* Additionally, an average additional period of 5 min was allocated for the player to respond to the provided surveys using a Wi-Fi-connected iPad, as the surveys were digital. This post-gameplay phase aimed to gather information immediately after the player finished playing. It was during this moment that players responded to the CORGIS and QPICGN questionnaires, aiding in measuring perceived challenge and narrative immersion for each player in each respective video game.

In the first session of the video game Final Fantasy VII Remake, only three participants were present, leading to a significant compression of available time. To compensate for this limitation, the second session was intensified, totaling 9 h (540 min) to fulfill the planned schedule. Conversely, in the video game Hades, everything proceeded as planned, with participants attending evenly in both sessions. As for the video game Disco Elysium, six participants attended the first session, while the number reduced to four in the second session. Coordinating schedules for this latter session proved more challenging, occurring during participants’ exam periods, requiring additional efforts to ensure everyone’s participation.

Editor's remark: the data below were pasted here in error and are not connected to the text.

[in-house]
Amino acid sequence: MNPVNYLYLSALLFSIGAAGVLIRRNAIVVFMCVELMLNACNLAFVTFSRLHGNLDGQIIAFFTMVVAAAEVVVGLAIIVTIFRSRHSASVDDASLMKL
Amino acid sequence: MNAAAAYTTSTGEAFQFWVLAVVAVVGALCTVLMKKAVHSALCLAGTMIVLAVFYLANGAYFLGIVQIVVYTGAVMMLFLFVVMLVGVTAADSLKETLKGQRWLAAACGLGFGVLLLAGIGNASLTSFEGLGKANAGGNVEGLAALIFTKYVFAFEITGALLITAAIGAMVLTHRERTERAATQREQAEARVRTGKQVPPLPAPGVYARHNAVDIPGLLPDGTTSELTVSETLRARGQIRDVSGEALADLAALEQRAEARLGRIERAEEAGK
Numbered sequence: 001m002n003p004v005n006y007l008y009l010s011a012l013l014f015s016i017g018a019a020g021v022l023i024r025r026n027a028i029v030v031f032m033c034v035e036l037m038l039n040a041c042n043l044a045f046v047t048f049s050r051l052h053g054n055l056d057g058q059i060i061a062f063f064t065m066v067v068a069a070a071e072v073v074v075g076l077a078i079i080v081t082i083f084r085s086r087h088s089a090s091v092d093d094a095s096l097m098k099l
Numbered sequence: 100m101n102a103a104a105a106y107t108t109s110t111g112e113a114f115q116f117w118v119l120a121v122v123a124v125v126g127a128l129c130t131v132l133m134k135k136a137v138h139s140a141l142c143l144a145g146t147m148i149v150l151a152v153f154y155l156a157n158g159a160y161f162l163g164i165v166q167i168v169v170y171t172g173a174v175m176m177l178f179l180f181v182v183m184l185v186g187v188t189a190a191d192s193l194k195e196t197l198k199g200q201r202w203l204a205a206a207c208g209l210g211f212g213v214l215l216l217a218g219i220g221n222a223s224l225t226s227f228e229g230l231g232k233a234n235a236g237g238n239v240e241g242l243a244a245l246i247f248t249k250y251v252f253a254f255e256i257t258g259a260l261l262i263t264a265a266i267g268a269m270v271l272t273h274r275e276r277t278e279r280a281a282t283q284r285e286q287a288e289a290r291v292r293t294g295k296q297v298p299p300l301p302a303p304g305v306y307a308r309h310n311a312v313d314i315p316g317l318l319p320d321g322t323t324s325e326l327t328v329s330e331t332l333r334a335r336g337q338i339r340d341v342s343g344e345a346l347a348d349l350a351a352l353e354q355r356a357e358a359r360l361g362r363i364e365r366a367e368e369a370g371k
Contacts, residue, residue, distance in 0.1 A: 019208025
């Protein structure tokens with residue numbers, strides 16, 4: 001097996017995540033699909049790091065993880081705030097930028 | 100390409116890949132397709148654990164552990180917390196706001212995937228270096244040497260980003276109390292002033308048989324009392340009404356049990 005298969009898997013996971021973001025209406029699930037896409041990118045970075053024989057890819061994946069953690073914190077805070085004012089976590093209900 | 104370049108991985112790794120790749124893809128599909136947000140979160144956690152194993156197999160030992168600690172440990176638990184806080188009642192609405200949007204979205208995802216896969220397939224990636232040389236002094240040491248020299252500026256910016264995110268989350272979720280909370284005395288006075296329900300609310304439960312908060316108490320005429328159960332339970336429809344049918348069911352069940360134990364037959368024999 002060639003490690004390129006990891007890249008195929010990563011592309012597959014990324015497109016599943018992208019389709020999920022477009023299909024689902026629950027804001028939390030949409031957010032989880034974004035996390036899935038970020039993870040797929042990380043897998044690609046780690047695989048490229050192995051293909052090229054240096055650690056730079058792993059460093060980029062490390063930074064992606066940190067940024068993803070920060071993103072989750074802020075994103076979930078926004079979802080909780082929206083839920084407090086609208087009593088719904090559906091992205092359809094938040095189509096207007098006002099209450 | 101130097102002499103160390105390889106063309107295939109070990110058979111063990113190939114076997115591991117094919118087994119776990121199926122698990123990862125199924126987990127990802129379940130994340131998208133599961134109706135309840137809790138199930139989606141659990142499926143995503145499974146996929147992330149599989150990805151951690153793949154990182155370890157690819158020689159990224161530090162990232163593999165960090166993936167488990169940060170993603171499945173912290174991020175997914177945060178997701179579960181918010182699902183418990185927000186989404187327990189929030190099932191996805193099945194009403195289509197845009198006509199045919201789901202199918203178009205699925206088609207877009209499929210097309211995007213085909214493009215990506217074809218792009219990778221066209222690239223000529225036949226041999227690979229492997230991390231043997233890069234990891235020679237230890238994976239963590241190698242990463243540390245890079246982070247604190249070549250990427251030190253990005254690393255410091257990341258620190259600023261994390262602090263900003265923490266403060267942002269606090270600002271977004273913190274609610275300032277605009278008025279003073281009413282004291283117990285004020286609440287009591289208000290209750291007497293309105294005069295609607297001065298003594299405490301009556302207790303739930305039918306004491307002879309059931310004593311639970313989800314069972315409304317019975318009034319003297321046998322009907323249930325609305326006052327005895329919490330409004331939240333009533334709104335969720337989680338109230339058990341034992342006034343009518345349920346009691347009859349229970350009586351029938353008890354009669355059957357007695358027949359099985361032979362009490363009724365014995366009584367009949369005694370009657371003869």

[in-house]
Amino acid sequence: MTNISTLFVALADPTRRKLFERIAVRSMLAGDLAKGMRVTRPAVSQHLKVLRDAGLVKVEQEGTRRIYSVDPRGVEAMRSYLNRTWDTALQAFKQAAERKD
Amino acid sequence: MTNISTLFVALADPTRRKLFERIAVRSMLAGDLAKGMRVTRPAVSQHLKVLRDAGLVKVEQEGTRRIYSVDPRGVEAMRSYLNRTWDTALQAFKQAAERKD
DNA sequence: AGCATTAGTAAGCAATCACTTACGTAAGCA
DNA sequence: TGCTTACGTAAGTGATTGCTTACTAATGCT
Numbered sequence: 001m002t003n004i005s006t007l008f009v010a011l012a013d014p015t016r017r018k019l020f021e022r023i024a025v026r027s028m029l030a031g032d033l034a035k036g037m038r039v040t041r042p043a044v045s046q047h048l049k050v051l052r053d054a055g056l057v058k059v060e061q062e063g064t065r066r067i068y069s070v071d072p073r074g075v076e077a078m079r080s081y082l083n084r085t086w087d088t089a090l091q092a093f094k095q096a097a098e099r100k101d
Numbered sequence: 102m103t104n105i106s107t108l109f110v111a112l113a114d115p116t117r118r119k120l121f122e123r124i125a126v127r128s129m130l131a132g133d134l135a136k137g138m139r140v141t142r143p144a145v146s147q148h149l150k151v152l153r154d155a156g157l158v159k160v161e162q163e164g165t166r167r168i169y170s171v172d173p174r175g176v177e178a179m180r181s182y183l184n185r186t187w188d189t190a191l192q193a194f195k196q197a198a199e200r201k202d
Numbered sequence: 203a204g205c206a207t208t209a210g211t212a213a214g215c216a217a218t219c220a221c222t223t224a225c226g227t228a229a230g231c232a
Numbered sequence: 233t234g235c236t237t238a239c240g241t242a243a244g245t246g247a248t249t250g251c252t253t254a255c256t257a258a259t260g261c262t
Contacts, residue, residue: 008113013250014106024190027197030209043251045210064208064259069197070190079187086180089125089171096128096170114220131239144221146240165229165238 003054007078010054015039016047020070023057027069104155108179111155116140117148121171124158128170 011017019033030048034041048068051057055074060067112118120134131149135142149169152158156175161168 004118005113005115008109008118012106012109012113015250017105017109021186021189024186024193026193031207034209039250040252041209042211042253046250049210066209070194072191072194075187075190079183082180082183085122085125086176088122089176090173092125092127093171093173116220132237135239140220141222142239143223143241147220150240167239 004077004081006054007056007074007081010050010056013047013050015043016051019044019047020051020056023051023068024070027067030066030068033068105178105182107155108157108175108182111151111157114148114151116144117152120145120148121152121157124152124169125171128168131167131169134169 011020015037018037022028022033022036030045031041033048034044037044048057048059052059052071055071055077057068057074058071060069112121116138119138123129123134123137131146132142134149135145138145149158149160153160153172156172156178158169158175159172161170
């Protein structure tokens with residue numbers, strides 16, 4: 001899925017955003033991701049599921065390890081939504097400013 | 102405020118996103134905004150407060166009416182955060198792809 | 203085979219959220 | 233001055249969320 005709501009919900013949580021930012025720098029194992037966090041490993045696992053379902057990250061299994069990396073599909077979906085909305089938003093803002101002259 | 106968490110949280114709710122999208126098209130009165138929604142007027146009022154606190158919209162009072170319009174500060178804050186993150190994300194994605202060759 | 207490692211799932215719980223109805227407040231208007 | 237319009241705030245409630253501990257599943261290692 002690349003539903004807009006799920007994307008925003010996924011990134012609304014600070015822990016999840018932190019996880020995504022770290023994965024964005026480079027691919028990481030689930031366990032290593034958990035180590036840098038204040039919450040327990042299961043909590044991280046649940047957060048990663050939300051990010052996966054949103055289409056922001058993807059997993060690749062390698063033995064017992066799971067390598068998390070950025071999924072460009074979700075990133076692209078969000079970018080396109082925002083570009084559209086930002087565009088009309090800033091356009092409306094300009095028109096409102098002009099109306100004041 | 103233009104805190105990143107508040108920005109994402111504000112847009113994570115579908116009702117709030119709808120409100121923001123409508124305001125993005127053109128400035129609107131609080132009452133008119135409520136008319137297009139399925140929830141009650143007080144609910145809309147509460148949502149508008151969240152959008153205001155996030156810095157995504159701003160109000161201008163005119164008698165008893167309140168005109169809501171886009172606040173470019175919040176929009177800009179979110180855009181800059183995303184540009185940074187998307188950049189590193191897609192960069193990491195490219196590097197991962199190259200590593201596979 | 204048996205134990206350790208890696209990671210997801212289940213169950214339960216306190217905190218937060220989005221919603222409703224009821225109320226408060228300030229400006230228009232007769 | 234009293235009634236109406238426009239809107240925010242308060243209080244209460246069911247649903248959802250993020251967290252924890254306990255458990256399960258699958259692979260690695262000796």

Regarding hardware, participants used a PlayStation 4, a 65-inch (1.65 m) television, and headphones for gameplay, along with an iPad Pro for survey responses. Concerning the three selected video games, they were acquired in physical format beforehand. During each intervention, participants were encouraged to play in the way that best suited them, allowing freedom to explore the video game according to their individual preferences, adopting different strategies, making decisions, and facing challenges according to their gaming style and personal interests. However, in the video game Final Fantasy VII Remake, given the option to choose between normal and easy difficulties (even before starting gameplay), players were directed to maintain the standard difficulty of the game without any facilitation, preserving the integrity of the experience.

Immediately after completing gameplay, participants were invited to complete the CORGIS and QPICGN questionnaires. These questionnaires, specifically designed for the study, aimed to assess players’ narrative immersion and perceived challenge. Administering these questionnaires immediately after gameplay allowed participants to express their perceptions and reflections while the experience was still fresh in their memory, contributing to obtaining more authentic and spontaneous responses. Each player was individually summoned in their respective turn, following the same sequence, to engage in each video game during each session. They remained alone in the room for the entire 80 min to prevent any distractions.